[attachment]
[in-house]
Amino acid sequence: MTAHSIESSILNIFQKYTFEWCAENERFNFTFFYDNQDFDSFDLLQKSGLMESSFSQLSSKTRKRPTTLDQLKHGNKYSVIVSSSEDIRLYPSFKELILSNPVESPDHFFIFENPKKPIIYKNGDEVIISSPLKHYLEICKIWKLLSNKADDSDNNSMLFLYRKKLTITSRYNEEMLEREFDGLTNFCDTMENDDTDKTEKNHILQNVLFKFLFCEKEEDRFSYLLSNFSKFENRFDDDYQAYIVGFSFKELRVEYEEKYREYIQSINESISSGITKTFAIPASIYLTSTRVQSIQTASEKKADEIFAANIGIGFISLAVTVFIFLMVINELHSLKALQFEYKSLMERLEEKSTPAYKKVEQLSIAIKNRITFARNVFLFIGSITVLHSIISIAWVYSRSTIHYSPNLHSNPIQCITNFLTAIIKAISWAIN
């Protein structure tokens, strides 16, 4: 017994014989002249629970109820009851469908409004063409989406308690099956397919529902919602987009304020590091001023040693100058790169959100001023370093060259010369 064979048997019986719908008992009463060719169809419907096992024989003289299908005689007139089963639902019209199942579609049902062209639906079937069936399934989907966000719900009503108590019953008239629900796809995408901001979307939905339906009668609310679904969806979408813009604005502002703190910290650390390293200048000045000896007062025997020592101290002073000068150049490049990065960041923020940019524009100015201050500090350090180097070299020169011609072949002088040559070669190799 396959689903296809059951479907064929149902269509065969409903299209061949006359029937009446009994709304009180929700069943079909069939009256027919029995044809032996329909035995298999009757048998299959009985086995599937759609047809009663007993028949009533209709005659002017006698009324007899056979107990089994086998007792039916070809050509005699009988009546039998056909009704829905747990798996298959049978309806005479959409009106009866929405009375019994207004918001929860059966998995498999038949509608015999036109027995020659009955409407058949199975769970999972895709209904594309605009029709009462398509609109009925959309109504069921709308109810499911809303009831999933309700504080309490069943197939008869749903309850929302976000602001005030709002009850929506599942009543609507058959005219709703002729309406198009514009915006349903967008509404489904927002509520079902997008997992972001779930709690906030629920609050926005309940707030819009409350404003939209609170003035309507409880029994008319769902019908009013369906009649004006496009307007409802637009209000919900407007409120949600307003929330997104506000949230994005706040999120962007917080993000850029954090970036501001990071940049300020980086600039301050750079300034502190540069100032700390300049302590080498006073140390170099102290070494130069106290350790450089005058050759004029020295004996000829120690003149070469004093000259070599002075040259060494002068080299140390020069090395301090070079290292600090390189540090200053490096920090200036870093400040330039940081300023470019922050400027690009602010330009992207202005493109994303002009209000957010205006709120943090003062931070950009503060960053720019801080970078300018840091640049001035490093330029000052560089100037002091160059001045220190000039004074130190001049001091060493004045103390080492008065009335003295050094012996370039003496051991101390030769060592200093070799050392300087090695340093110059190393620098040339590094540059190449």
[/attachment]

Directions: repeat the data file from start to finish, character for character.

[in-house]
Amino acid sequence: MTAHSIESSILNIFQKYTFEWCAENERFNFTFFYDNQDFDSFDLLQKSGLMESSFSQLSSKTRKRPTTLDQLKHGNKYSVIVSSSEDIRLYPSFKELILSNPVESPDHFFIFENPKKPIIYKNGDEVIISSPLKHYLEICKIWKLLSNKADDSDNNSMLFLYRKKLTITSRYNEEMLEREFDGLTNFCDTMENDDTDKTEKNHILQNVLFKFLFCEKEEDRFSYLLSNFSKFENRFDDDYQAYIVGFSFKELRVEYEEKYREYIQSINESISSGITKTFAIPASIYLTSTRVQSIQTASEKKADEIFAANIGIGFISLAVTVFIFLMVINELHSLKALQFEYKSLMERLEEKSTPAYKKVEQLSIAIKNRITFARNVFLFIGSITVLHSIISIAWVYSRSTIHYSPNLHSNPIQCITNFLTAIIKAISWAIN
């Protein structure tokens, strides 16, 4: 017994014989002249629970109820009851469908409004063409989406308690099956397919529902919602987009304020590091001023040693100058790169959100001023370093060259010369 064979048997019986719908008992009463060719169809419907096992024989003289299908005689007139089963639902019209199942579609049902062209639906079937069936399934989907966000719900009503108590019953008239629900796809995408901001979307939905339906009668609310679904969806979408813009604005502002703190910290650390390293200048000045000896007062025997020592101290002073000068150049490049990065960041923020940019524009100015201050500090350090180097070299020169011609072949002088040559070669190799 396959689903296809059951479907064929149902269509065969409903299209061949006359029937009446009994709304009180929700069943079909069939009256027919029995044809032996329909035995298999009757048998299959009985086995599937759609047809009663007993028949009533209709005659002017006698009324007899056979107990089994086998007792039916070809050509005699009988009546039998056909009704829905747990798996298959049978309806005479959409009106009866929405009375019994207004918001929860059966998995498999038949509608015999036109027995020659009955409407058949199975769970999972895709209904594309605009029709009462398509609109009925959309109504069921709308109810499911809303009831999933309700504080309490069943197939008869749903309850929302976000602001005030709002009850929506599942009543609507058959005219709703002729309406198009514009915006349903967008509404489904927002509520079902997008997992972001779930709690906030629920609050926005309940707030819009409350404003939209609170003035309507409880029994008319769902019908009013369906009649004006496009307007409802637009209000919900407007409120949600307003929330997104506000949230994005706040999120962007917080993000850029954090970036501001990071940049300020980086600039301050750079300034502190540069100032700390300049302590080498006073140390170099102290070494130069106290350790450089005058050759004029020295004996000829120690003149070469004093000259070599002075040259060494002068080299140390020069090395301090070079290292600090390189540090200053490096920090200036870093400040330039940081300023470019922050400027690009602010330009992207202005493109994303002009209000957010205006709120943090003062931070950009503060960053720019801080970078300018840091640049001035490093330029000052560089100037002091160059001045220190000039004074130190001049001091060493004045103390080492008065009335003295050094012996370039003496051991101390030769060592200093070799050392300087090695340093110059190393620098040339590094540059190449």